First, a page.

Redshift copy creates different compression encodings from analyze

amazon-redshift amazon-s3 data-compression sql sqlbulkcopy

Question

I've discovered that when importing data (through COPY) to an empty table, AWS Redshift suggests different column compression encodings than the ones that it automatically generates.

As an example, I constructed a table and did the following while loading data from S3:

CREATE TABLE Client (Id varchar(511) , ClientId integer , CreatedOn timestamp, 
UpdatedOn timestamp ,  DeletedOn timestamp , LockVersion integer , RegionId 
varchar(511) , OfficeId varchar(511) , CountryId varchar(511) ,  
FirstContactDate timestamp , DidExistPre boolean , IsActive boolean , 
StatusReason integer ,  CreatedById varchar(511) , IsLocked boolean , 
LockType integer , KeyWorker varchar(511) ,  InactiveDate timestamp , 
Current_Flag varchar(511) );

Table Client created Execution time: 0.3s

copy Client from 's3://<bucket-name>/<folder>/Client.csv' 
credentials 'aws_access_key_id=<access key>; aws_secret_access_key=<secret>' 
csv fillrecord truncatecolumns ignoreheader 1 timeformat as 'YYYY-MM-
DDTHH:MI:SS' gzip acceptinvchars compupdate on region 'ap-southeast-2';    

Warnings: Load into table 'client' completed, 24284 record(s) loaded successfully. Load into table 'client' completed, 6 record(s) were loaded with replacements made for ACCEPTINVCHARS. Check 'stl_replacements' system table for details.

0 rows affected COPY executed successfully

Execution time: 3.39s

After doing this, I can examine the column compression encodings that COPY has used:

select "column", type, encoding, distkey, sortkey, "notnull" 
from pg_table_def where tablename = 'client';

Giving:

╔══════════════════╦═════════════════════════════╦═══════╦═══════╦═══╦═══════╗
â•‘ id               â•‘ character varying(511)      â•‘ lzo   â•‘ false â•‘ 0 â•‘ false â•‘
â•‘ clientid         â•‘ integer                     â•‘ delta â•‘ false â•‘ 0 â•‘ false â•‘
â•‘ createdon        â•‘ timestamp without time zone â•‘ lzo   â•‘ false â•‘ 0 â•‘ false â•‘
â•‘ updatedon        â•‘ timestamp without time zone â•‘ lzo   â•‘ false â•‘ 0 â•‘ false â•‘
â•‘ deletedon        â•‘ timestamp without time zone â•‘ none  â•‘ false â•‘ 0 â•‘ false â•‘
â•‘ lockversion      â•‘ integer                     â•‘ delta â•‘ false â•‘ 0 â•‘ false â•‘
â•‘ regionid         â•‘ character varying(511)      â•‘ lzo   â•‘ false â•‘ 0 â•‘ false â•‘
â•‘ officeid         â•‘ character varying(511)      â•‘ lzo   â•‘ false â•‘ 0 â•‘ false â•‘
â•‘ countryid        â•‘ character varying(511)      â•‘ lzo   â•‘ false â•‘ 0 â•‘ false â•‘
â•‘ firstcontactdate â•‘ timestamp without time zone â•‘ lzo   â•‘ false â•‘ 0 â•‘ false â•‘
â•‘ didexistprecirts â•‘ boolean                     â•‘ none  â•‘ false â•‘ 0 â•‘ false â•‘
â•‘ isactive         â•‘ boolean                     â•‘ none  â•‘ false â•‘ 0 â•‘ false â•‘
â•‘ statusreason     â•‘ integer                     â•‘ none  â•‘ false â•‘ 0 â•‘ false â•‘
â•‘ createdbyid      â•‘ character varying(511)      â•‘ lzo   â•‘ false â•‘ 0 â•‘ false â•‘
â•‘ islocked         â•‘ boolean                     â•‘ none  â•‘ false â•‘ 0 â•‘ false â•‘
â•‘ locktype         â•‘ integer                     â•‘ lzo   â•‘ false â•‘ 0 â•‘ false â•‘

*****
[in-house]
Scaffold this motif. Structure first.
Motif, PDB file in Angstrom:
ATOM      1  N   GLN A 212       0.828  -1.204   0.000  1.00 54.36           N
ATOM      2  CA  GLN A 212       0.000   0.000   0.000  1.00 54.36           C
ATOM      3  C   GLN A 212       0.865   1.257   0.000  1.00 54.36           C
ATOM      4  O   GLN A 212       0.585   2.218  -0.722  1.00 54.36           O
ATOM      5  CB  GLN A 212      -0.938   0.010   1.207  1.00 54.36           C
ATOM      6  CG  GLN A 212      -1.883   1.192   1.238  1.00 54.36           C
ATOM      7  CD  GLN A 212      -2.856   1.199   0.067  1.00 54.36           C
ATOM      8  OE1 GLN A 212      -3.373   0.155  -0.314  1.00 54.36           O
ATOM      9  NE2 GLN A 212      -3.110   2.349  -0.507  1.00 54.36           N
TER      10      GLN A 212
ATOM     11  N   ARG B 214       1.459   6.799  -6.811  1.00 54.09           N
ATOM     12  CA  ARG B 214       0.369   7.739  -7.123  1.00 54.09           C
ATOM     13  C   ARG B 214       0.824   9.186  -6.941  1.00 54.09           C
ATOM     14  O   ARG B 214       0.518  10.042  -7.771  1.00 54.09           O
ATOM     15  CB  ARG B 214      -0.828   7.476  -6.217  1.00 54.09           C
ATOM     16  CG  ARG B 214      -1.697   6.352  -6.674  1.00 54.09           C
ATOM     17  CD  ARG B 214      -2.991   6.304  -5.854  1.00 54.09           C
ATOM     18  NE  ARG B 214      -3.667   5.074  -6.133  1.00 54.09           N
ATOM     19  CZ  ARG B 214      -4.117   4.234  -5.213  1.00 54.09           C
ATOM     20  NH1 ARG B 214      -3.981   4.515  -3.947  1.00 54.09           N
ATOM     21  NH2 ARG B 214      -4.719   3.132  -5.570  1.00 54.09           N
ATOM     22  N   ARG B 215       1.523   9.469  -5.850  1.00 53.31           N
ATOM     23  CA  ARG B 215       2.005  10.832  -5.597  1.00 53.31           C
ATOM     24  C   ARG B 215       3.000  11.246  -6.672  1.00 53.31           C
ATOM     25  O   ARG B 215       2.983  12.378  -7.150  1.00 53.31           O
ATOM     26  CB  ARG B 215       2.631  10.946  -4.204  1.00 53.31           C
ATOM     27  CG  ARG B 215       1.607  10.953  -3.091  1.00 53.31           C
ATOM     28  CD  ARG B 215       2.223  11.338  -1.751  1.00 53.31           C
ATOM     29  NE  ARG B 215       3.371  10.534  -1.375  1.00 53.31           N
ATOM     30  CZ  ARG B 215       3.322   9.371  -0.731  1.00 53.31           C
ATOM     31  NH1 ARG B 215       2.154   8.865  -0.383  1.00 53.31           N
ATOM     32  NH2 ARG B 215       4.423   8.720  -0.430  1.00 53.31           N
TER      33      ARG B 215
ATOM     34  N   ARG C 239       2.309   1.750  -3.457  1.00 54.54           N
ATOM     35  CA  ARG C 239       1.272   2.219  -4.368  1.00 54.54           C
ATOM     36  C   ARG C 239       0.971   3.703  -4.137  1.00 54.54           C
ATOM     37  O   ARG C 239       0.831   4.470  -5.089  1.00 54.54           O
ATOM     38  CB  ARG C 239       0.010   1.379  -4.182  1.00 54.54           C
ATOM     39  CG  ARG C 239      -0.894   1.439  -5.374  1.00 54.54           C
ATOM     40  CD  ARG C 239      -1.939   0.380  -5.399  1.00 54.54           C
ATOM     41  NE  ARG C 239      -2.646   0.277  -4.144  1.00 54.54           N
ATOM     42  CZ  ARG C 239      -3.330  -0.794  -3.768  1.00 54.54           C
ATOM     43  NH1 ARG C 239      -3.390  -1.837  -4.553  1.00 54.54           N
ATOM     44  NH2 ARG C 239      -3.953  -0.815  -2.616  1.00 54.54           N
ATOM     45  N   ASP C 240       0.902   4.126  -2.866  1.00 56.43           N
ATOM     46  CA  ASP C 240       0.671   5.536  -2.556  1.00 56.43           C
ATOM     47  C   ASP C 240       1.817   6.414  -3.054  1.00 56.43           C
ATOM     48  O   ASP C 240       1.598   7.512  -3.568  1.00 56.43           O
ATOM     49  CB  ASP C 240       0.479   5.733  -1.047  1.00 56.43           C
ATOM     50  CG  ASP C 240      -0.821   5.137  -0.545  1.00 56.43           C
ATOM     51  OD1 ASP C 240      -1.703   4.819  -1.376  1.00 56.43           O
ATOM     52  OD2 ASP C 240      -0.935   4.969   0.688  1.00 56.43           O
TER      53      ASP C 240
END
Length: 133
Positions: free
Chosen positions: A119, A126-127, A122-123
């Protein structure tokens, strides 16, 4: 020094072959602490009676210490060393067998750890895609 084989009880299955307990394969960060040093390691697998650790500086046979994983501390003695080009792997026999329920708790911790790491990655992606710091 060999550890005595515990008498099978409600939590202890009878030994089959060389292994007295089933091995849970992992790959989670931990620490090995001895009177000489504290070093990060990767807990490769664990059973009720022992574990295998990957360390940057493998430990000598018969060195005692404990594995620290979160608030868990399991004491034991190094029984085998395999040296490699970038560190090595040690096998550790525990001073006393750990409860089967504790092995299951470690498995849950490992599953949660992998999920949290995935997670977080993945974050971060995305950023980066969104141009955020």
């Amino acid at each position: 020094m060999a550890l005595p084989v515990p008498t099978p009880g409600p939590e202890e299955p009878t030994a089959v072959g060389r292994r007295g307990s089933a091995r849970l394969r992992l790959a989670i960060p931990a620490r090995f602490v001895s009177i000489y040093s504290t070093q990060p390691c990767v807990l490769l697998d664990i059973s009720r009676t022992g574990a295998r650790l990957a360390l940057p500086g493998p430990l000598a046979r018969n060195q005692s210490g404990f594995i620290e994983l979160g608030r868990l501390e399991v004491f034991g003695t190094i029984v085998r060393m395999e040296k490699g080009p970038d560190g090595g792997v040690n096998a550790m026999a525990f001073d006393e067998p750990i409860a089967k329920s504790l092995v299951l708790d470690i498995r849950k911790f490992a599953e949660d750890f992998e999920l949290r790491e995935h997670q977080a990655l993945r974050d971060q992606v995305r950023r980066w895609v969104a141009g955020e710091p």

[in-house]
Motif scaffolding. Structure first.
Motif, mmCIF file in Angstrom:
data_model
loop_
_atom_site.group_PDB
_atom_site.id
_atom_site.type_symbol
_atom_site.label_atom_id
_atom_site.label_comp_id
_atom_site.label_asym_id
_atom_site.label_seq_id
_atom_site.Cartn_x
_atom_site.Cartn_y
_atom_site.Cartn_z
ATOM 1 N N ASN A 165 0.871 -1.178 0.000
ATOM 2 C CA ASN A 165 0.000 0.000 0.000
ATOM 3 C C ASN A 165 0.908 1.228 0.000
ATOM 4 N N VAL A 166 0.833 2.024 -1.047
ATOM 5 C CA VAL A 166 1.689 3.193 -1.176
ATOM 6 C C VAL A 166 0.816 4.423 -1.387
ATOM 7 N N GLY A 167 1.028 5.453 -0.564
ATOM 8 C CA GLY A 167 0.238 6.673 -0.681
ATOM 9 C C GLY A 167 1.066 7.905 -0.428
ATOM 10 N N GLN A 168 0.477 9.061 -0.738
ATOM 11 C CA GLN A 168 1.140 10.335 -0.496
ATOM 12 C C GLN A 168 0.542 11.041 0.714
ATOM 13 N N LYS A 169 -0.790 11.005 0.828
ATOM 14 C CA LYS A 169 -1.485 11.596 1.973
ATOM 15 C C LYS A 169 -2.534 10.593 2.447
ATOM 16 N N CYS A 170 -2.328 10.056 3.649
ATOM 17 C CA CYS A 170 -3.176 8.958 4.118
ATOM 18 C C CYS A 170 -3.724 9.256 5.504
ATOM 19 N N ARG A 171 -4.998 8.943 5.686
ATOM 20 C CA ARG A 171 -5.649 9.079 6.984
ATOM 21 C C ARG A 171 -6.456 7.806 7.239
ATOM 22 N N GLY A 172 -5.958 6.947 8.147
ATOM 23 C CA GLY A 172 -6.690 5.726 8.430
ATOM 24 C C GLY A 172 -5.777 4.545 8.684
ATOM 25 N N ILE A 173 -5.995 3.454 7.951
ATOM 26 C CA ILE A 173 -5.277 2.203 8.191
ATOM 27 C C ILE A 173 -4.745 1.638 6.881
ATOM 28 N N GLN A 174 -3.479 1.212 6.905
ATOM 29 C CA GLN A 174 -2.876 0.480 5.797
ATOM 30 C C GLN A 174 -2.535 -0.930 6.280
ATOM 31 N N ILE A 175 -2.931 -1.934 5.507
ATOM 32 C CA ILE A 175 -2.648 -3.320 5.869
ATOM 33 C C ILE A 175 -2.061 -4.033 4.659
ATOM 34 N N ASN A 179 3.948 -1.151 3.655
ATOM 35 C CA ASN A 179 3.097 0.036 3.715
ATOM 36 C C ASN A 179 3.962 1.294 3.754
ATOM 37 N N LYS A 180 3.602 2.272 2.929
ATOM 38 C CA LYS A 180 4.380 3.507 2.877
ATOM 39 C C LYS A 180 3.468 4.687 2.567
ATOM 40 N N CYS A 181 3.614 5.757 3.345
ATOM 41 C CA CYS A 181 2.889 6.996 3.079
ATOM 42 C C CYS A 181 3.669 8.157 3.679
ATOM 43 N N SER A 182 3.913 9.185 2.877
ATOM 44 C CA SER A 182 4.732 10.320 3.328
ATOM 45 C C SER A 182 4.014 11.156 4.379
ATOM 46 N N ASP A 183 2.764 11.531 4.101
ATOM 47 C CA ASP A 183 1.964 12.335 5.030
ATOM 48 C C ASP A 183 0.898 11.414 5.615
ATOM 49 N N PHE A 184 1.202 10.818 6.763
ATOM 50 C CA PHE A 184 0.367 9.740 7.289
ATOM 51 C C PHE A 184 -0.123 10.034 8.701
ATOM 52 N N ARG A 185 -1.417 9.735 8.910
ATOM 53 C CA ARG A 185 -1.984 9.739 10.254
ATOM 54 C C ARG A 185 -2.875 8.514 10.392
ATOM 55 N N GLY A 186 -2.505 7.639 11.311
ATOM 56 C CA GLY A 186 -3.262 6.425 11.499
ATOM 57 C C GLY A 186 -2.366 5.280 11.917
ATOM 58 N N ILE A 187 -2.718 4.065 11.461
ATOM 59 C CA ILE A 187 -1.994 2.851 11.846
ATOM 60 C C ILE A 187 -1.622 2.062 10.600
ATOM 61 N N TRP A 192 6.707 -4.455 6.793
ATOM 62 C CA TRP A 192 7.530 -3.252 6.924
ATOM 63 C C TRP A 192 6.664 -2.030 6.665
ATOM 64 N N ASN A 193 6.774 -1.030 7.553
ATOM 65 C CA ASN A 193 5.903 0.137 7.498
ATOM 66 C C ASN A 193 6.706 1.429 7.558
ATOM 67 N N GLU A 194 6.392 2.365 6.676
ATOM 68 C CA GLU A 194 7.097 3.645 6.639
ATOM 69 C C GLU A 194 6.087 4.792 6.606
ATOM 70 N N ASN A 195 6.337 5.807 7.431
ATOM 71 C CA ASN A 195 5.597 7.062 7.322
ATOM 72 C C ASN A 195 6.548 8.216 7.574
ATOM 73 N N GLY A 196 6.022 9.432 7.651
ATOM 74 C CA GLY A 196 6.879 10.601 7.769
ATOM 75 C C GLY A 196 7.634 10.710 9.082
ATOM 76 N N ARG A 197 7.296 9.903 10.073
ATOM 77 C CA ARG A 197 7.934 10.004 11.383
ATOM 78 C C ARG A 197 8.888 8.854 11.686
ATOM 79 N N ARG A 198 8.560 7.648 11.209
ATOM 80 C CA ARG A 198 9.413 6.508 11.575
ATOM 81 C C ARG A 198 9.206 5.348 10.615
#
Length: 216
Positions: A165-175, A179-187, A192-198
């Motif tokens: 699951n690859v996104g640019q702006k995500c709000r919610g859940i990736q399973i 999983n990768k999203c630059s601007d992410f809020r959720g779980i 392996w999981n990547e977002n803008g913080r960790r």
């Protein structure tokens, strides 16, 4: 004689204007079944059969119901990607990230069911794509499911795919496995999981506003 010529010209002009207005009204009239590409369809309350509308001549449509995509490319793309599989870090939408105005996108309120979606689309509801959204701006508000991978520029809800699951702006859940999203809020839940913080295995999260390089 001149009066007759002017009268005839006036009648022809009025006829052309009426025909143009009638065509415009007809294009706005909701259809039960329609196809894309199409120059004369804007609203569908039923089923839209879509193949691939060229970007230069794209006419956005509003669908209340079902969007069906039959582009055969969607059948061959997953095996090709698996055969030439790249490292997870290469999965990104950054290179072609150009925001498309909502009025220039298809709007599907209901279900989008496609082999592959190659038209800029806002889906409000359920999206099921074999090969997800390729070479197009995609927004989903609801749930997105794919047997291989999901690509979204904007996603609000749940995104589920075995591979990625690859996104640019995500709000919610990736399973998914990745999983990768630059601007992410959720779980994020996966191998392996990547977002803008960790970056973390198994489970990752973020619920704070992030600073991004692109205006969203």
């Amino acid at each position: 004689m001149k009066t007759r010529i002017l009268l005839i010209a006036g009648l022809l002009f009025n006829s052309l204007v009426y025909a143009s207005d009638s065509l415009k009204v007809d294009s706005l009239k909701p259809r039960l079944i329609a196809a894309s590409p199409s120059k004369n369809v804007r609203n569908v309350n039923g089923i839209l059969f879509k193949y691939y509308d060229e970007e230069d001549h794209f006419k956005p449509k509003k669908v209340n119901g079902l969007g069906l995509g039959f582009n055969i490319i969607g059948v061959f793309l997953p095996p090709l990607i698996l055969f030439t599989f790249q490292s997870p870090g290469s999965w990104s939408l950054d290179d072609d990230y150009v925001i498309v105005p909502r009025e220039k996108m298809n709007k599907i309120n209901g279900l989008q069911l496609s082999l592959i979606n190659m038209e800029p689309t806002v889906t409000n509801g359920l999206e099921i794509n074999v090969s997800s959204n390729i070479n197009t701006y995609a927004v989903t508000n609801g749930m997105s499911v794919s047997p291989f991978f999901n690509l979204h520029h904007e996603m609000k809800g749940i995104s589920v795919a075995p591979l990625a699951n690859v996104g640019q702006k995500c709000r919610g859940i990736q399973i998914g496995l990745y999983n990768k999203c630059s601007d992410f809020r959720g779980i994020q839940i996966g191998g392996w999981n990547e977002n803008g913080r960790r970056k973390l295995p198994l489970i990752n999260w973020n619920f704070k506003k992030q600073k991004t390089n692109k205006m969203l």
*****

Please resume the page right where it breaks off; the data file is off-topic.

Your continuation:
â•‘ keyworker        â•‘ character varying(511)      â•‘ lzo   â•‘ false â•‘ 0 â•‘ false â•‘
â•‘ inactivedate     â•‘ timestamp without time zone â•‘ lzo   â•‘ false â•‘ 0 â•‘ false â•‘
â•‘ current_flag     â•‘ character varying(511)      â•‘ lzo   â•‘ false â•‘ 0 â•‘ false â•‘
╚══════════════════╩═════════════════════════════╩═══════╩═══════╩═══╩═══════╝

Then, I can:

analyze compression client;

Giving:

╔════════╦══════════════════╦═══════╦═══════╗
â•‘ client â•‘ id               â•‘ zstd  â•‘ 40.59 â•‘
â•‘ client â•‘ clientid         â•‘ delta â•‘ 0.00  â•‘
â•‘ client â•‘ createdon        â•‘ zstd  â•‘ 19.85 â•‘
â•‘ client â•‘ updatedon        â•‘ zstd  â•‘ 12.59 â•‘
â•‘ client â•‘ deletedon        â•‘ raw   â•‘ 0.00  â•‘
â•‘ client â•‘ lockversion      â•‘ zstd  â•‘ 39.12 â•‘
â•‘ client â•‘ regionid         â•‘ zstd  â•‘ 54.47 â•‘
â•‘ client â•‘ officeid         â•‘ zstd  â•‘ 88.84 â•‘
â•‘ client â•‘ countryid        â•‘ zstd  â•‘ 79.13 â•‘
â•‘ client â•‘ firstcontactdate â•‘ zstd  â•‘ 22.31 â•‘
â•‘ client â•‘ didexistprecirts â•‘ raw   â•‘ 0.00  â•‘
â•‘ client â•‘ isactive         â•‘ raw   â•‘ 0.00  â•‘
â•‘ client â•‘ statusreason     â•‘ raw   â•‘ 0.00  â•‘
â•‘ client â•‘ createdbyid      â•‘ zstd  â•‘ 52.43 â•‘
â•‘ client â•‘ islocked         â•‘ raw   â•‘ 0.00  â•‘
â•‘ client â•‘ locktype         â•‘ zstd  â•‘ 63.01 â•‘
â•‘ client â•‘ keyworker        â•‘ zstd  â•‘ 38.79 â•‘
â•‘ client â•‘ inactivedate     â•‘ zstd  â•‘ 25.40 â•‘
â•‘ client â•‘ current_flag     â•‘ zstd  â•‘ 90.51 â•‘
╚════════╩══════════════════╩═══════╩═══════╝

i.e., very different outcomes.

I'm curious as to why this would be. I understand that a table with 24K rows is fewer than the 100K records recommended by AWS outlines for a useful compression analysis sample, but it still seems odd that COPY and ANALYZE are returning different findings for the same data.

1
2
7/14/2017 1:38:16 AM

Accepted Answer

Because ZSTD is not presently suggested by COPY, other compression parameters are advised.

Setting ZSTD uniformly will offer you compression that is almost as good as ideal if you wish to utilize compression on permanent tables where you want to optimize compression (use the least amount of space).

Because there is no benefit to applying compression in this situation, RAW is resurfacing on certain columns (same number of blocks with and without compression). It makes sense to apply compression to such columns if you are aware that the table will expand.

2
8/30/2018 9:04:51 PM


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